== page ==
Don’t let stinkbugs rob yield
Soybean Pest Beat: Scout, sweep for insects, and spray if it is warranted.
Jul 07, 2022
We didn’t apply insecticide on soybeans earlier because we didn’t see insects. Now stinkbugs are here. Should we spray? If so, what? How should we apply it?
This month’s Indiana certified crop advisers include Betsy Bower, agronomist for Ceres Solutions, Lafayette; Shaun Casteel, Purdue Extension soybean specialist; Greg Kneubuhler, G&K Concepts Inc., Harlan; and Bryan Overstreet, Purdue Extension educator, Jasper County.
Bower: Are you just seeing a few? Get a feel for infestation level. Stinkbugs are challenging because they typically arrive a little later than other soybean pests. They feed on pods and affect soybean quality more than yield. Poor quality can result in lots of dock.
To determine infestation level, sweep the tops and middles of soybeans with a net in five areas. If you find 40 stinkbugs or stinkbug larvae in 100 sweeps, apply an insecticide. The threshold is 20 per 100 sweeps on seed beans.
Several pyrethroid insecticides control stinkbugs. Note the preharvest interval. Some have a preharvest interval of 45 days, but most are 21 days. Apply with a ground rig or aerially.
Kneubuhler: Insecticide on soybeans is generally some of the best money spent each year. Stinkbugs are pod feeders, and if the pressure is high enough, it can make a yield impact. However, saying you need to spray simply because you see stinkbugs may not necessarily be the case. If stinkbugs are the ONLY thing you’re seeing, it’s worth buying a sweep net to get a handle on exact pressure.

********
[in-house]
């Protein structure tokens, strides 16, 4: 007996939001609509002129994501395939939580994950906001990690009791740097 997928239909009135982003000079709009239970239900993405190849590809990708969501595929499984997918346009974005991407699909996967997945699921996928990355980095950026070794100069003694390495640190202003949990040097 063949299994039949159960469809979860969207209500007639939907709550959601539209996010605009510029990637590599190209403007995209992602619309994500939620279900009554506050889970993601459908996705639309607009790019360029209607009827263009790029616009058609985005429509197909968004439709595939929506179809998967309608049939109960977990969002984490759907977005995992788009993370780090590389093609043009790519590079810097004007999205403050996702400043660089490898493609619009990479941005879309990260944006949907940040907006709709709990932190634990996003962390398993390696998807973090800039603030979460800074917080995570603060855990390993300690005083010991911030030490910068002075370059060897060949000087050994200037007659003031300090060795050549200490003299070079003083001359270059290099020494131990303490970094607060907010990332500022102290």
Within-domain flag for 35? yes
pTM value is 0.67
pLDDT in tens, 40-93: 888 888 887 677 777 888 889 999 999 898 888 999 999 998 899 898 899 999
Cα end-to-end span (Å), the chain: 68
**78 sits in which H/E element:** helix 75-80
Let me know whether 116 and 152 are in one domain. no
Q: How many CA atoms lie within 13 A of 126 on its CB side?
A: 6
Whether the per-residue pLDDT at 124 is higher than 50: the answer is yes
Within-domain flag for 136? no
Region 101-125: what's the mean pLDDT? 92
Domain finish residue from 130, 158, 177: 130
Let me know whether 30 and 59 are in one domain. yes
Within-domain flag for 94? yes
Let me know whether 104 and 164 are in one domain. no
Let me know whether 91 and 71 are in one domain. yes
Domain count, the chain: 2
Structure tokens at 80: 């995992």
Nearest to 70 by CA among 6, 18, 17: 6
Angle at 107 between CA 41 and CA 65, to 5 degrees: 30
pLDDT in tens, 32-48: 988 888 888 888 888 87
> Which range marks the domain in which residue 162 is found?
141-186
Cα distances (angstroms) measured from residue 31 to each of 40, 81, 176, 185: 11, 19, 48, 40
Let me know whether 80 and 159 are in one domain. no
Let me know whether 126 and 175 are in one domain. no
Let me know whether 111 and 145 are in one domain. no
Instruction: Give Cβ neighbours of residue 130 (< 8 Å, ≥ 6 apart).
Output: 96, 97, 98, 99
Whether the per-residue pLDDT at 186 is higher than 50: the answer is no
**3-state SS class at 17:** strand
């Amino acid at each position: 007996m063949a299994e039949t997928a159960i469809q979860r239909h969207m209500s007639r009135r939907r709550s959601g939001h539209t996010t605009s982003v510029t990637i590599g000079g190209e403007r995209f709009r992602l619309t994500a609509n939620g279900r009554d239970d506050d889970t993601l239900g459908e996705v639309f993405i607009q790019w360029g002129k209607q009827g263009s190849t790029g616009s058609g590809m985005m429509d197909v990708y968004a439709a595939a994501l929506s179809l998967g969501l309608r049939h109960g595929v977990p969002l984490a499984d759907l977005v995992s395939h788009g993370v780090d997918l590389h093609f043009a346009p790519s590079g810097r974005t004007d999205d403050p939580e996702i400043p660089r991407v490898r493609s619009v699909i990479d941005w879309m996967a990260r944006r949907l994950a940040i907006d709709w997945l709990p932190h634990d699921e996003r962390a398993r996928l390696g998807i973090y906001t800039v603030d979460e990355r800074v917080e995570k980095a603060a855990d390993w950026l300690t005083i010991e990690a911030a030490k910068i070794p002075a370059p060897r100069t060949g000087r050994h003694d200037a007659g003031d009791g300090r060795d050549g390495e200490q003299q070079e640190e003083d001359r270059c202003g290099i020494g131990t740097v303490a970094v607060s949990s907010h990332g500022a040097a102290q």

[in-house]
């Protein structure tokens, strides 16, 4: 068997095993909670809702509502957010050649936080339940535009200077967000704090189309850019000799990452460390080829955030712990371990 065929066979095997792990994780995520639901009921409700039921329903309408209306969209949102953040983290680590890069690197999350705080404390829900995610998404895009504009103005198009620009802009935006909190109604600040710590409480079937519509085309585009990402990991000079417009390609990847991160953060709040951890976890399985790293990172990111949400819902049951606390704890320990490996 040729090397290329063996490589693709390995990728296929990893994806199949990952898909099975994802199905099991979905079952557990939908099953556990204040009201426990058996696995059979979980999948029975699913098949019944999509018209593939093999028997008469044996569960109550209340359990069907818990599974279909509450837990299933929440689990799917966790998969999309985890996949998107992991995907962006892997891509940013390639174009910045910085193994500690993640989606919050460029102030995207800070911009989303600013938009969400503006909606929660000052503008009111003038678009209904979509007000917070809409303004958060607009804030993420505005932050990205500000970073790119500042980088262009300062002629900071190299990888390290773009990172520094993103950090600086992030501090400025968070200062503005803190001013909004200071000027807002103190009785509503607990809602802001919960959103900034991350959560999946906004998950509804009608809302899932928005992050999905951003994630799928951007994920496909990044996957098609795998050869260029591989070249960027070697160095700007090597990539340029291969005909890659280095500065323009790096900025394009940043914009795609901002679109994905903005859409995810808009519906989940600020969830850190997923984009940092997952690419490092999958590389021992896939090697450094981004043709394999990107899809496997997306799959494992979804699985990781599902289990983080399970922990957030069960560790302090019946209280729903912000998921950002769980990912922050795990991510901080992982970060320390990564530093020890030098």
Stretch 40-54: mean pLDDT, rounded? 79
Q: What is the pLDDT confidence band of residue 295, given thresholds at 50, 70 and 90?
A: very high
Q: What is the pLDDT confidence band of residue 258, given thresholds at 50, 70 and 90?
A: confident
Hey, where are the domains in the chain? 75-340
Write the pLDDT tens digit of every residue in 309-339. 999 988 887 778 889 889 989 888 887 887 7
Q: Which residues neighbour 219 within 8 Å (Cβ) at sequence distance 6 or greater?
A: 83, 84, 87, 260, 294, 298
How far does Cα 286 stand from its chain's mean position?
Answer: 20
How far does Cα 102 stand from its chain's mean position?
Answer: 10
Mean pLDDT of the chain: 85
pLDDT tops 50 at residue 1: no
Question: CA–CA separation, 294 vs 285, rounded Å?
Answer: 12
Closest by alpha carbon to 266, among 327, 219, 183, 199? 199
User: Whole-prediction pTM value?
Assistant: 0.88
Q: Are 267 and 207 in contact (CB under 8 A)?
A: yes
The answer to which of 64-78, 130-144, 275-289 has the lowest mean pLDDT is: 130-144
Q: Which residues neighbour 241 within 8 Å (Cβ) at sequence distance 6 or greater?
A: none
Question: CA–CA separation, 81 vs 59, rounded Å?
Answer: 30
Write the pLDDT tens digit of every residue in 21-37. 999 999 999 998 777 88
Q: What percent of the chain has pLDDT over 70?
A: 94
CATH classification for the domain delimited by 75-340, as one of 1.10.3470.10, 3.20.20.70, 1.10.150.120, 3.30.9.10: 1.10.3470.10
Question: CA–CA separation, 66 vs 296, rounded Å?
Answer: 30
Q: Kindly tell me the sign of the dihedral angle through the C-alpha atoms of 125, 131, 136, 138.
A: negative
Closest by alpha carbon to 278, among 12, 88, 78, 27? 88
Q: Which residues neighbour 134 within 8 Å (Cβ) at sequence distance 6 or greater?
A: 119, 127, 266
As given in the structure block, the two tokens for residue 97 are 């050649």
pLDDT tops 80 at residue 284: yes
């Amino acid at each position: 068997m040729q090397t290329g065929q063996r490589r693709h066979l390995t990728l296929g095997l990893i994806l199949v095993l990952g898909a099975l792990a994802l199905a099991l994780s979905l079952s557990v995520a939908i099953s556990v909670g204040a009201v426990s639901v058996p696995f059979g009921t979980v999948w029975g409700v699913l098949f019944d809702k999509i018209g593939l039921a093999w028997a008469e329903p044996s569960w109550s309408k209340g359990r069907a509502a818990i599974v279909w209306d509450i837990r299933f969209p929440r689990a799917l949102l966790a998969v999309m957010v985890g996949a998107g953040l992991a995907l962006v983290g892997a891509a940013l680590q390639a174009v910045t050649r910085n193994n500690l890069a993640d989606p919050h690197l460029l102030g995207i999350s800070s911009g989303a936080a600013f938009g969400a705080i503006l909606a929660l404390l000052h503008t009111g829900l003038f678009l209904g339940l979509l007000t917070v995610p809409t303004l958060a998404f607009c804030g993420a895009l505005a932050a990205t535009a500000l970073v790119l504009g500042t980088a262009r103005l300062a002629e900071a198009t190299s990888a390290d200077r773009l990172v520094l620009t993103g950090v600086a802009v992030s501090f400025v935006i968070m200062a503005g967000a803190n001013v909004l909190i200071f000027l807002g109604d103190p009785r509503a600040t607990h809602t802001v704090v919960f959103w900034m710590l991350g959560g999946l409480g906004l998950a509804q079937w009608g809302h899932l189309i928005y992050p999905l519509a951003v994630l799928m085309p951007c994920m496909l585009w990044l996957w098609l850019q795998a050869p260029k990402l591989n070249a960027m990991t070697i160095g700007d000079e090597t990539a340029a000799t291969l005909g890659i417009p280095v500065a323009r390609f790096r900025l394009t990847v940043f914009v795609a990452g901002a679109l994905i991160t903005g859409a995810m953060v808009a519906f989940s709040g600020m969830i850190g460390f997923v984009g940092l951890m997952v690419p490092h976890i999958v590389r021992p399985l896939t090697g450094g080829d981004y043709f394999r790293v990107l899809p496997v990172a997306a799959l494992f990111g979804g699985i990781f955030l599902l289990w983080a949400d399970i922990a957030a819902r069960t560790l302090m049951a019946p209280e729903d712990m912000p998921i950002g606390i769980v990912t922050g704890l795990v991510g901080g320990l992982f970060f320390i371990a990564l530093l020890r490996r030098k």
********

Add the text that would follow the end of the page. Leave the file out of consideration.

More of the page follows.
Typically, if you average about 0.5 stinkbug per sweep, it’s worth spraying. We see stinkbugs almost every year, but pressures vary. Most generally, we like pyrethrin insecticides.
Overstreet: Sample with a sweep net or beat cloth to count stinkbugs. Take at least five samples across the field. The threshold is one bug per linear foot, or eight per 20 sweeps for commercial beans. Several insecticides labeled for soybeans are effective on stinkbugs. Spray by plane or chopper, if available. A high-clearance sprayer would also do a great job but leaves tracks. If an insecticide is warranted, please check the required preharvest interval.
Casteel: Scouting should be the foundation for these decisions. Green stinkbugs and brown marmorated stinkbugs are the two most common stinkbugs in Indiana. By now, soybeans are developing pods and beginning early seed fill. Stinkbugs damage soybeans by piercing pods and sucking out seed “juices.” They can damage soybeans through R5 and even beyond if pods stay green.
The current threshold for green stinkbug during this period is 40 bugs, adults and nymphs, per 100 sweeps, or 0.4 bug per sweep. Take 20 sweeps in five different areas of a field. If your field is above this threshold, apply a pyrethroid to control them. If it’s later in the season, check preharvest intervals.
Scout for other insects of interests as well as foliar diseases that might warrant an application. Applications with ground-based equipment will run over soybean rows, but plan to apply these products in the same pattern as your herbicide spray, or with a boom as wide as possible. That minimizes wheel track damage.